Have you had any personal experiences or knew of anyone who was affected by this?
One person I just barely knew; he was just some guy in my Government class in high school, and things had always gone wrong for him. The school said that as long as he attended classes he’d be fine, but he had to come to school wearing an ankle bracelet every day. Something happened one day where the fire alarm was pulled during lunch – we all had to go outside and it started turning into a riot. The person who got blamed for it turning into a riot, was him. I didn’t know him that well, but I knew that it wasn’t him. They blamed it on him because he was wearing the ankle bracelet.
Do you know what happened to him after that?
I don’t know, but I wish I could say I wish him the best, but from the way our system is, once you’re in it, it’s really hard to escape it. The school-to-prison pipeline is, you go in as a kid, you stay as an adult, you leave as an adult, you come back as an adult. The truth is, if you’re been in a prison for more than 2-5 years, that’s a good chunk of your life. If you go in as a 15/16 year old, you’re missing out on your development and your childhood. Yes, if you’re doing something really wrong, you deserve to be punished and reprimanded for it, but if we can prevent this beforehand, then what’s the point of punishing people, sending them to jail, and perpetuating the cycle?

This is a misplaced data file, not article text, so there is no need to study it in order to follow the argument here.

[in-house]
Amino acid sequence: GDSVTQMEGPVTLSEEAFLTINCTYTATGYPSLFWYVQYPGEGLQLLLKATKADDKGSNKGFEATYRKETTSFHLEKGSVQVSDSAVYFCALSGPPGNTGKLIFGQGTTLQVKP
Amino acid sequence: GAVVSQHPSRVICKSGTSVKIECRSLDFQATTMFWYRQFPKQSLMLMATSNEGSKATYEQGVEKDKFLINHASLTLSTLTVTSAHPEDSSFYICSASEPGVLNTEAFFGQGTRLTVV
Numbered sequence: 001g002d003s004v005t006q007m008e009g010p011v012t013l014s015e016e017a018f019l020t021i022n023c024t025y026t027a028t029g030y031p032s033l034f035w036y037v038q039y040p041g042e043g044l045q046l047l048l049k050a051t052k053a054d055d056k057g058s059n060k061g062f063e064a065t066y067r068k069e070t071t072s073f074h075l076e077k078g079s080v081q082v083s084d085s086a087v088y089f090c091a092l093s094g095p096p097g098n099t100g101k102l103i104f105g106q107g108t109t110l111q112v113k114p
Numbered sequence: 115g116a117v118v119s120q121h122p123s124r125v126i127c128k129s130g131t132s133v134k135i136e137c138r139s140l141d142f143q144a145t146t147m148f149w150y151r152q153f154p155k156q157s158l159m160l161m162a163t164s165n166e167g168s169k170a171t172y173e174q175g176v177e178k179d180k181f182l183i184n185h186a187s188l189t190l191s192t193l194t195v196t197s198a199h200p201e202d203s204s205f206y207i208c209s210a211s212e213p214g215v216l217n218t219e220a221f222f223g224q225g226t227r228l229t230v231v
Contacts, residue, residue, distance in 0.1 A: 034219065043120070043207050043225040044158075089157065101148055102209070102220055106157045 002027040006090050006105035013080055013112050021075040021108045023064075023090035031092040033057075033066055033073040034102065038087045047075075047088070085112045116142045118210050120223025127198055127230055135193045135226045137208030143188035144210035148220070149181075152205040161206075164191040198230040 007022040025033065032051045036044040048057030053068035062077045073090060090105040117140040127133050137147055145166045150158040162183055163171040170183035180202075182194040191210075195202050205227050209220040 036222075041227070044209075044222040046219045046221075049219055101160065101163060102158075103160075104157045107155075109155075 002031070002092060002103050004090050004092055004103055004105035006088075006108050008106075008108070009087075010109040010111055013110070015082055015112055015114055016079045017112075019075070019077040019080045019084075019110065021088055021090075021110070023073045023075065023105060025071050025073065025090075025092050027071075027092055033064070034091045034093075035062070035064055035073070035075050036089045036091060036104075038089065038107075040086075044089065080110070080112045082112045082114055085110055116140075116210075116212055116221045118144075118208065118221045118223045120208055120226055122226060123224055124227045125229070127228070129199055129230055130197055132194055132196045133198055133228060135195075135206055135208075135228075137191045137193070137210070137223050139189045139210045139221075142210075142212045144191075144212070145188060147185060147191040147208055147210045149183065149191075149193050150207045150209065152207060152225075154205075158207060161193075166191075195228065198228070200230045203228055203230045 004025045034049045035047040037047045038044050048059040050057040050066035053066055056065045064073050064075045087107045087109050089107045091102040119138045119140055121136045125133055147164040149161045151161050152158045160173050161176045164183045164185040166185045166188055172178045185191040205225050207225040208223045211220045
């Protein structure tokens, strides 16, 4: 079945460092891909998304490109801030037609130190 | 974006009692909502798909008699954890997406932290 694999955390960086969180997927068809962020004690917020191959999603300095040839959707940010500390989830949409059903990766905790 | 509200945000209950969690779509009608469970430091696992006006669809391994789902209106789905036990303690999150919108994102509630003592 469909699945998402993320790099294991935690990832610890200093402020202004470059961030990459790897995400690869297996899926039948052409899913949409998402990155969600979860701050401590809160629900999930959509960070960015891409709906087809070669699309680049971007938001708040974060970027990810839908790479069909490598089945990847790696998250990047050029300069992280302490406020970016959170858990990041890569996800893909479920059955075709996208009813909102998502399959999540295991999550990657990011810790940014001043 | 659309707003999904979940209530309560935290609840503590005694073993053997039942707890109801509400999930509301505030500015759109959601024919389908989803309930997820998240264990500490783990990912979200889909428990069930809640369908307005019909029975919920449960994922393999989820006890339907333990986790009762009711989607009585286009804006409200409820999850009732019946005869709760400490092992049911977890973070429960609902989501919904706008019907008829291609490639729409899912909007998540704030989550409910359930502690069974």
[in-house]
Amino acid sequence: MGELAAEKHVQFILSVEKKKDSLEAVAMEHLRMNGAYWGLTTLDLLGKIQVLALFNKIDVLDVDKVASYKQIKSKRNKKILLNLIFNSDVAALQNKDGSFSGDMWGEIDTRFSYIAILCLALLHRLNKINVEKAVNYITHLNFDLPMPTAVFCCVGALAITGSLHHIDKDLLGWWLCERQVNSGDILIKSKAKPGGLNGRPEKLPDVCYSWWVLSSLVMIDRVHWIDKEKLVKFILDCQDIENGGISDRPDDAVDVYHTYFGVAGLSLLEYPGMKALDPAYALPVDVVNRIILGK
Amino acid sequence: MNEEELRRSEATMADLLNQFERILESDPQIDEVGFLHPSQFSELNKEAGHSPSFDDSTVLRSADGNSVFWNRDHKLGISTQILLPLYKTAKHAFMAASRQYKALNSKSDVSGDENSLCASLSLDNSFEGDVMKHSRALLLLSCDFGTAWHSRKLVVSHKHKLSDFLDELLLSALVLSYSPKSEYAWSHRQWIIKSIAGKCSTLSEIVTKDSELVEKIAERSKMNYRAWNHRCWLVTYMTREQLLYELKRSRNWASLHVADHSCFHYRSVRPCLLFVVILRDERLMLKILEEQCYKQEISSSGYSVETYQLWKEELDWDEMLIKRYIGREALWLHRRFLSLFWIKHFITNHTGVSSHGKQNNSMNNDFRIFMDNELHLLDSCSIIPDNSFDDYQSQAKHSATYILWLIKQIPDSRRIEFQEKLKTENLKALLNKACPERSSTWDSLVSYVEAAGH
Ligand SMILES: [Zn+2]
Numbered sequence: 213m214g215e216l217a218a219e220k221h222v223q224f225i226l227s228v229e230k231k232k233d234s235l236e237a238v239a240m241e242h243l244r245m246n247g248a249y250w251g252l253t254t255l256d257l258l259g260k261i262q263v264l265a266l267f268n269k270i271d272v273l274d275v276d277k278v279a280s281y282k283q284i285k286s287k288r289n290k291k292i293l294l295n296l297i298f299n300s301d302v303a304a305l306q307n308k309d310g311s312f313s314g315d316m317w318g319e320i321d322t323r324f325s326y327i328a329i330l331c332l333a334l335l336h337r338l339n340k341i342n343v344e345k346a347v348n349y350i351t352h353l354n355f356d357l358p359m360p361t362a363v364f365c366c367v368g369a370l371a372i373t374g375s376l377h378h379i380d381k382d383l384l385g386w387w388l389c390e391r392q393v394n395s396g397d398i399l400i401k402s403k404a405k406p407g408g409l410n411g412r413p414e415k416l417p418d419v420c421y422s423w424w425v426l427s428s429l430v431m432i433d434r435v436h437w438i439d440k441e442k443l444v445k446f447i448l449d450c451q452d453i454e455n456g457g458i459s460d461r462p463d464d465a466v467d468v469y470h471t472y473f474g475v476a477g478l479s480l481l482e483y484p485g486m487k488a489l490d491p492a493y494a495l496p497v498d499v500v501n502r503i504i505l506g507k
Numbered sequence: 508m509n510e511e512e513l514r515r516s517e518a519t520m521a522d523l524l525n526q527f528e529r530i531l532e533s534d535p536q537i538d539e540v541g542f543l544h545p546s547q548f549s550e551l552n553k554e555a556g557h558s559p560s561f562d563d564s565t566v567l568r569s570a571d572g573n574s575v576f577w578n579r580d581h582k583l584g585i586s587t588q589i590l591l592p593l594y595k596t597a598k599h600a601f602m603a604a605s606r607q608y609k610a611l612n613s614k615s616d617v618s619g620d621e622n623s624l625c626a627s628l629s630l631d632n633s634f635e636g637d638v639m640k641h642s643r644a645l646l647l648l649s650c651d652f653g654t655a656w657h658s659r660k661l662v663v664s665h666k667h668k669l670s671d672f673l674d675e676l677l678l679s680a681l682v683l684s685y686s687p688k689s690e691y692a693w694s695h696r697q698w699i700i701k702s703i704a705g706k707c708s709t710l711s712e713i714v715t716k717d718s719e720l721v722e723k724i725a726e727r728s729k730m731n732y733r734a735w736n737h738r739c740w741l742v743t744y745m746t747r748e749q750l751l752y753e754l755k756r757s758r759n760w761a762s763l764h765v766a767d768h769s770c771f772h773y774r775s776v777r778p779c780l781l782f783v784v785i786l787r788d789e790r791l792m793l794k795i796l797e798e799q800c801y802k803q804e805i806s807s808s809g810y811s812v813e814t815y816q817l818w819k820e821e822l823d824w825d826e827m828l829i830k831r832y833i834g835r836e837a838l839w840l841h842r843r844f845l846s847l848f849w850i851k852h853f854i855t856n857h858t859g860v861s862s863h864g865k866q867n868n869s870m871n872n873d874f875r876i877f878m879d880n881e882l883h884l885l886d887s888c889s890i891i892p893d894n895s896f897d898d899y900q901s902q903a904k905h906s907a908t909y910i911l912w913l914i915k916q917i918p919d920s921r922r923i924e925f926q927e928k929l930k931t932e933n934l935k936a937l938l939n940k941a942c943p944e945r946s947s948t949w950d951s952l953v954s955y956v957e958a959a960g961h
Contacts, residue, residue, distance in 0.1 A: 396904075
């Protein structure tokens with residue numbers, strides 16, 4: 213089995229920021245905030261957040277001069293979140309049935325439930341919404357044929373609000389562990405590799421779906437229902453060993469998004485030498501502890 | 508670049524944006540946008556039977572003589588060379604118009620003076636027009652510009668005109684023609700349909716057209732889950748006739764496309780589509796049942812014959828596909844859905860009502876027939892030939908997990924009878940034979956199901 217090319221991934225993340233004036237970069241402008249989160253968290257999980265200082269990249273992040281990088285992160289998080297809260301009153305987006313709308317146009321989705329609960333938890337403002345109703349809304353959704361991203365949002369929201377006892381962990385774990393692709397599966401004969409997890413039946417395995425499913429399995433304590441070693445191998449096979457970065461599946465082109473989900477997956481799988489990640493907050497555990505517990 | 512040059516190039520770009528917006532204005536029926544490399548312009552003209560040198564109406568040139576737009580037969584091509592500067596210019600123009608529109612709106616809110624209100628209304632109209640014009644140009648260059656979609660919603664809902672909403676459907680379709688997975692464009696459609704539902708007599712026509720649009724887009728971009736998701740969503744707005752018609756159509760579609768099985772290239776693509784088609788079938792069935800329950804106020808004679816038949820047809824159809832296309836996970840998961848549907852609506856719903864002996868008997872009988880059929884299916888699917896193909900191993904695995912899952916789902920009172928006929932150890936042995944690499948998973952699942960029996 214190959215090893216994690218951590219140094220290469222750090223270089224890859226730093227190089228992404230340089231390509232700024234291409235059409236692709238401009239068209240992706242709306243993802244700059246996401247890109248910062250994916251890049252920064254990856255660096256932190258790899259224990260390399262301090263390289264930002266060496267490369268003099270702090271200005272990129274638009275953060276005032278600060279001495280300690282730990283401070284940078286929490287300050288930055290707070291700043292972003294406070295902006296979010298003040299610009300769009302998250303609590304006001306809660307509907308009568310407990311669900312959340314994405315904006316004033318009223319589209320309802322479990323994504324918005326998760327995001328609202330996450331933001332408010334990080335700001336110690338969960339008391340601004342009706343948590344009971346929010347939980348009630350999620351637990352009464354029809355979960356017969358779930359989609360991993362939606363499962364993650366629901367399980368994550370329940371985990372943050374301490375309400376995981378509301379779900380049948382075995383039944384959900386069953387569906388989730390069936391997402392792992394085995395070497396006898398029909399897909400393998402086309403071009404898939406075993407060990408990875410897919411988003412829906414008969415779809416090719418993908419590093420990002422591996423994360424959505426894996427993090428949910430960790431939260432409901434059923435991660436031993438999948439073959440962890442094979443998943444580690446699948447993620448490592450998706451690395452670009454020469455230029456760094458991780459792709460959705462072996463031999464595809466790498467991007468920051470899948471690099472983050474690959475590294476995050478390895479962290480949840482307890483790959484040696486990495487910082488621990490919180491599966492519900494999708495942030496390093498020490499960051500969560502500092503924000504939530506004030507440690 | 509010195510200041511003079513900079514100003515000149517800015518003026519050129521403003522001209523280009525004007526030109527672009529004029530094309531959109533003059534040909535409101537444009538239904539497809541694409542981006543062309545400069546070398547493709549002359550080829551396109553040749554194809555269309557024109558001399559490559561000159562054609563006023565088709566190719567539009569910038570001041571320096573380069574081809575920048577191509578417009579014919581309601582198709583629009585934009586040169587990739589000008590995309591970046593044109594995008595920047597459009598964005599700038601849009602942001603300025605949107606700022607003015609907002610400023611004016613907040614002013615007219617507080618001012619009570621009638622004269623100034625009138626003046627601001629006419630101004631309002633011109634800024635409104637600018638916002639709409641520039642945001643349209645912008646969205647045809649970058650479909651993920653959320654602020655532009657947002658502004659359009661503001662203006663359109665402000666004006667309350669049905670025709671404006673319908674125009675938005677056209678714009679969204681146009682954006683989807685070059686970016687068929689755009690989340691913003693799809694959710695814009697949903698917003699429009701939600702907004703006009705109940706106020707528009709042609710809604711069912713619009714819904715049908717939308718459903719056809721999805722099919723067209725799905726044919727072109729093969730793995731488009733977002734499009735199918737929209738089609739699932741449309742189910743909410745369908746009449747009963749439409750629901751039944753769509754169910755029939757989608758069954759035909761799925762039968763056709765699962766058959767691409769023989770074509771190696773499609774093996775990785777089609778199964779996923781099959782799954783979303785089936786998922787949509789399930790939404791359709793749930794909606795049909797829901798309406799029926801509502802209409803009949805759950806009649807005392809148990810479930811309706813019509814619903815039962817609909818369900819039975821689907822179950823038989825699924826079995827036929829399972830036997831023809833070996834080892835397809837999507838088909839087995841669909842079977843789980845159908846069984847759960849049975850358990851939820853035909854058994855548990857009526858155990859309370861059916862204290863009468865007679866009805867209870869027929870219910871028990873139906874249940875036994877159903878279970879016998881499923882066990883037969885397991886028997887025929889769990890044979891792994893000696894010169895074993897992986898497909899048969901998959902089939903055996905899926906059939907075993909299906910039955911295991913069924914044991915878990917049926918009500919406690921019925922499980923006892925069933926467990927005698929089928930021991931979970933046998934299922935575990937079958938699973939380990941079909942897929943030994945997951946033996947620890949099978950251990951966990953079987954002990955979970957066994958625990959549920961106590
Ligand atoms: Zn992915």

What do you hope to accomplish, then, with your education here in Criminology? I know it’s a big question, so you can definitely think about it.
I’ve actually thought about that a lot. One of the things I want to do is delve even deeper into private prisons and how they perpetuate the cycle of recidivism and deepening their pockets. I know there’s already been a lot of research and studies on it, but I want to look into it further. There are plenty of other countries that do have their own private prisons that work without funneling a population over and over again. I want to use my International Relations major to go around the world and study how different prison systems work. I think it’s either Denmark or Norway, but they have a system of non-violent criminals living together in a condominium apartment, nicer than the home I grew up, while also having a lower recidivism rate. I want to use my Sociology major for the numbers, seeing the groups that go to prison, who is funneling them into prison, and ultimately, find a way to lower it.